Location: Southwest Watershed Research CenterTitle: Effectiveness of prescribed fire to re-establish sagebrush steppe vegetation and ecohydrologic function on woodland-encroached sagebrush rangelands, Great Basin, USA: Part I: Vegetation, hydrology, and erosion responses
|Williams, Christopher - Jason|
|AL-HAMDAN, O.Z. - Texas A&M University|
Submitted to: Catena
Publication Type: Peer Reviewed Journal
Publication Acceptance Date: 2/21/2018
Publication Date: 4/25/2018
Publication URL: http://handle.nal.usda.gov/10113/6357105
Citation: Williams, C.J., Pierson, F.B., Nouwakpo, S., Al-Hamdan, O., Kormos, P.R., Weltz, M.A. 2018. Effectiveness of prescribed fire to re-establish sagebrush steppe vegetation and ecohydrologic function on woodland-encroached sagebrush rangelands, Great Basin, USA: Part I: Vegetation, hydrology, and erosion responses. Catena. https://doi.org/10.1016/j.catena.2018.02.027.
Interpretive Summary: Pinyon and juniper tree encroachment into sagebrush communities can negatively impact vegetation, hydrology and erosion processes and thereby affect delivery of ecosystem goods and services. Current knowledge of the long-term effectiveness of tree removal treatments to mitigate negative impacts of tree encroachment is inadequate to inform land managers and guide management of these ecosystems. This study used vegetation measures, rainfall simulations, and overland flow experiments to evaluate the impact of tree removal by prescribed fire on vegetation and hydrology and erosion processes at two sites 9 yr after tree removal. Burning was effective at re-establishing native grasses important in the restoration of sagebrush communities, but also promoted scattered patches of invasive annual grasses. Tree removal improved hydrologic function at one of the sites, but had more limited impact on hydrology and erosion at a second more degraded site. The experimental results from the less degraded site suggest pinyon and juniper removal by prescribed fire can effectively re-establish a trajectory towards sagebrush steppe vegetation and hydrologic recovery. Responses at the second, more degraded site, indicate recovery of tree-encroached sagebrush vegetation and hydrology through prescribed fire treatments can require more than 9 yr. The study advances knowledge regarding the impacts of prescribed fire for tree removal on sagebrush sites with dense pinyon and juniper cover and provides strategies to increase the rate of vegetation and hydrologic recovery for this imperiled ecosystem through tree removal.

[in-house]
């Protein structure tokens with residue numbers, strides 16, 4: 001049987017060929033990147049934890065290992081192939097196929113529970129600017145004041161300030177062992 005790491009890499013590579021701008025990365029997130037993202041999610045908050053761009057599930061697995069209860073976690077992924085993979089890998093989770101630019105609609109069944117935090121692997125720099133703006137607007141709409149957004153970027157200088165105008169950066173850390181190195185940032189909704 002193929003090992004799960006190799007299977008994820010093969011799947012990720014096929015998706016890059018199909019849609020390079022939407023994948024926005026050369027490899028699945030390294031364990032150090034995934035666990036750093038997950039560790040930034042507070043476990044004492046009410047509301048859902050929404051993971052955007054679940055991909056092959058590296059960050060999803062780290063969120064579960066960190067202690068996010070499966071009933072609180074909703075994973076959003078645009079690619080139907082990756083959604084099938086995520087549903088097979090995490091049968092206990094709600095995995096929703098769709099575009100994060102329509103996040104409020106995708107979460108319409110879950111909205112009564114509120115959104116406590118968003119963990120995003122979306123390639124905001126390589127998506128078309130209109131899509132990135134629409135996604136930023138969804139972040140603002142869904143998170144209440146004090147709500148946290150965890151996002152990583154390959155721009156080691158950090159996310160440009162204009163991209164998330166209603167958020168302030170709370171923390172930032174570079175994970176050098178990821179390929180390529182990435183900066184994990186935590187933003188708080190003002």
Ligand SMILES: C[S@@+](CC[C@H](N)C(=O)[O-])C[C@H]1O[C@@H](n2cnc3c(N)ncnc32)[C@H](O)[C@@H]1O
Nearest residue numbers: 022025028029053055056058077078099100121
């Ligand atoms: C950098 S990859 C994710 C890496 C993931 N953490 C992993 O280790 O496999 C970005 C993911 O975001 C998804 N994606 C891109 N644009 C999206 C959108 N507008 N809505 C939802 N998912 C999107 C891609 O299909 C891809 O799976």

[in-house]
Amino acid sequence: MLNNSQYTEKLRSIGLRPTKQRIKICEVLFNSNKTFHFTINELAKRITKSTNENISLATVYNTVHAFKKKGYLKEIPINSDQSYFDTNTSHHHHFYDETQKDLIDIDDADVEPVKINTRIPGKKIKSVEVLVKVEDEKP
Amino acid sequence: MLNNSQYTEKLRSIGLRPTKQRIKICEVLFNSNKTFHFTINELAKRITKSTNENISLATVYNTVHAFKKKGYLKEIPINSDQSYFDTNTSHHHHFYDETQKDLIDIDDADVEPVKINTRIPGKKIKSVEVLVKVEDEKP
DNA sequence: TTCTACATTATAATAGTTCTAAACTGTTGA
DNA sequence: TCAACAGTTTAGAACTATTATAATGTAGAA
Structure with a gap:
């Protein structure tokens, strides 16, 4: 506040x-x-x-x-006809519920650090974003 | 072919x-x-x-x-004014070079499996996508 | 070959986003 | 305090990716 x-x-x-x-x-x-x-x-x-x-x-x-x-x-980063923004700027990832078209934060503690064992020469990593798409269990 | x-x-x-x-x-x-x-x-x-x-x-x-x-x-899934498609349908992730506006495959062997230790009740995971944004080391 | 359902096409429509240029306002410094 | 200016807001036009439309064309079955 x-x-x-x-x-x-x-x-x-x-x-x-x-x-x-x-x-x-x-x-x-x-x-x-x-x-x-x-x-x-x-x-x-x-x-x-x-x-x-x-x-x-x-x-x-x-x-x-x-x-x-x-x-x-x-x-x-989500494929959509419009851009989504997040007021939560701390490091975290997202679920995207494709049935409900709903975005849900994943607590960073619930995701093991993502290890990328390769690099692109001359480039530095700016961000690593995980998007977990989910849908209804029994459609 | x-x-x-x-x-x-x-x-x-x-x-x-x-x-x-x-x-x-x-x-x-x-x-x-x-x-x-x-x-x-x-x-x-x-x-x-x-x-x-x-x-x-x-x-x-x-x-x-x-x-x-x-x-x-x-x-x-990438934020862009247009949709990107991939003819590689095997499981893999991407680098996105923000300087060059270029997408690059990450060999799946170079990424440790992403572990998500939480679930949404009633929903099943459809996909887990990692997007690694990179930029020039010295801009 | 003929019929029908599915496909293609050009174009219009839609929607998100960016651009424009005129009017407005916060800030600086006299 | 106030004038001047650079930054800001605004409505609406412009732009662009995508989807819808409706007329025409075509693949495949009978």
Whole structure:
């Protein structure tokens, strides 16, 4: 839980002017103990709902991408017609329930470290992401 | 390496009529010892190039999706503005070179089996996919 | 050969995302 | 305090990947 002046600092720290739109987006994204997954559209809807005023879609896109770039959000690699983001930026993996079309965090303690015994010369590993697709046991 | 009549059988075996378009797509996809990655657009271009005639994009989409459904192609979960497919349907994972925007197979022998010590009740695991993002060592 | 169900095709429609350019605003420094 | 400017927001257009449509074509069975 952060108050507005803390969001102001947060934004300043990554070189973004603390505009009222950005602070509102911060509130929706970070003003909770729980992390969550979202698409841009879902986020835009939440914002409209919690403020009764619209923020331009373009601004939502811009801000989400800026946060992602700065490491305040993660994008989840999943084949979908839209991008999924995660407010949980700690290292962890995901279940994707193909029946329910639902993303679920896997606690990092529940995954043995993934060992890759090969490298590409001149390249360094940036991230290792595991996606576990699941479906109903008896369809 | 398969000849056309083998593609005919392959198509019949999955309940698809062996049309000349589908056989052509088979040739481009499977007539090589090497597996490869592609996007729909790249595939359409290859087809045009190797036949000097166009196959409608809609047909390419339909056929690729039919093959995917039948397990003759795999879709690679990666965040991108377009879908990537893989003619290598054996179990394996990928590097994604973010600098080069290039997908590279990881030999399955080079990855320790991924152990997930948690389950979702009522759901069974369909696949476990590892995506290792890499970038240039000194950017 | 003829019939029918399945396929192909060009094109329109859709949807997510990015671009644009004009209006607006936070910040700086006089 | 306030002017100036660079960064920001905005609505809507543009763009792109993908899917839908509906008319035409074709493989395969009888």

Technical Abstract: Pinyon (Pinus spp.) and juniper (Juniperus spp.) woodland encroachment has imperiled a broad ecological domain of the sagebrush steppe (Artemisia spp.) ecosystem in the Great Basin Region, USA. As these conifers increase in dominance on sagebrush rangelands, understory vegetation commonly declines and ecohydrologic function can shift from biotic (vegetation) controlled retention of soil resources to abiotic (runoff) driven loss of soil resources and long-term site degradation. Scientists, governmental land management agencies, and private land owners are challenged with selection of and predicting outcomes to numerous treatment alternatives to improve ecological structure and function of these rangelands. This study is the first of a two-part study to evaluate effectiveness of prescribed fire to re-establish sagebrush steppe vegetation and improve ecohydrologic function on mid- to late-succession pinyon-and juniper-encroached sagebrush sites in the Great Basin. We used a suite of vegetation and soil measures, small-plot (0.5 m2) rainfall simulations, and overland flow experiments (9 m2) to quantify the effects of tree removal by prescribed fire on vegetation, soils, and rainsplash, sheetflow, and concentrated flow hydrologic and erosion processes at two woodlands 9-yr after burning. Prior to burning, extensive bare interspace (69-88% bare ground) in the degraded intercanopy between trees at both sites generated high levels of runoff and sediment yield from combined rainsplash and sheetflow (~45 mm, 60-381 g m-2) and concentrated flow (371-501 L, 2343-3015 g) processes during high intensity rainfall simulation (102 mm h-1, 45 min) and overland flow experiments (15, 30, and 45 L min-1, 8 min each). Burning increased native perennial vegetation by nearly 6-fold (from 5% to 29%), on average, across both sites over nine growing seasons. Burning reduced low (<1% to 14%) pre-fire sagebrush canopy cover at both sites and sagebrush recovery is expected to take >30 yr. Enhanced herbaceous cover in interspaces post-fire reduced runoff and sediment yield from high intensity rainfall simulations by 2-fold. Fire-induced increases in herbaceous cover (from 33% to 62%) and litter ground cover (from 15% to 36%) reduced total runoff (from 501 L to 180 L) and sediment yield (from 2343 g to 115 g) from concentrated flow experiments in the intercanopy at one site. Sparser herbaceous vegetation (49% cover) and litter cover (8%) in the intercanopy at the other, more degraded site post-fire resulted in no significant reduction of total runoff (266 L) and sediment yield (1982 g) for concentrated flow experiments. Areas underneath unburned shrub and tree canopies were well covered by vegetation and ground cover and generated limited runoff and sediment. Fire impacts on vegetation, ground cover, and runoff and sediment delivery from tree and shrub rainfall plots were highly variable. Burning litter covered areas underneath trees reduced perennial herbaceous vegetation and increased invasibility to the fire-prone annual cheatgrass (Bromus tectorum L.). Cheatgrass cover increased from <1% pre-fire to 16-30% post-fire across the sites and was primarily restricted to rings around burned trees. High herbaceous cover (73%) under burned trees at the less degraded site resulted in similar low total runoff and sediment as pre-fire (136-228 L, 204-423 g). In contrast, fire-reduction of litter (from 79% to 49%) resulted in increased total runoff (from 103 L to 333 L) and sediment yield (from 619 g to 2170 g) after burning tree areas at the more degraded site. The experimental results from the less degraded site suggest pinyon and juniper removal by prescribed fire can effectively re-establish a successional trajectory towards sagebrush steppe vegetation structure and thereby improve ecohydrologic function. Responses to burning at the more degraded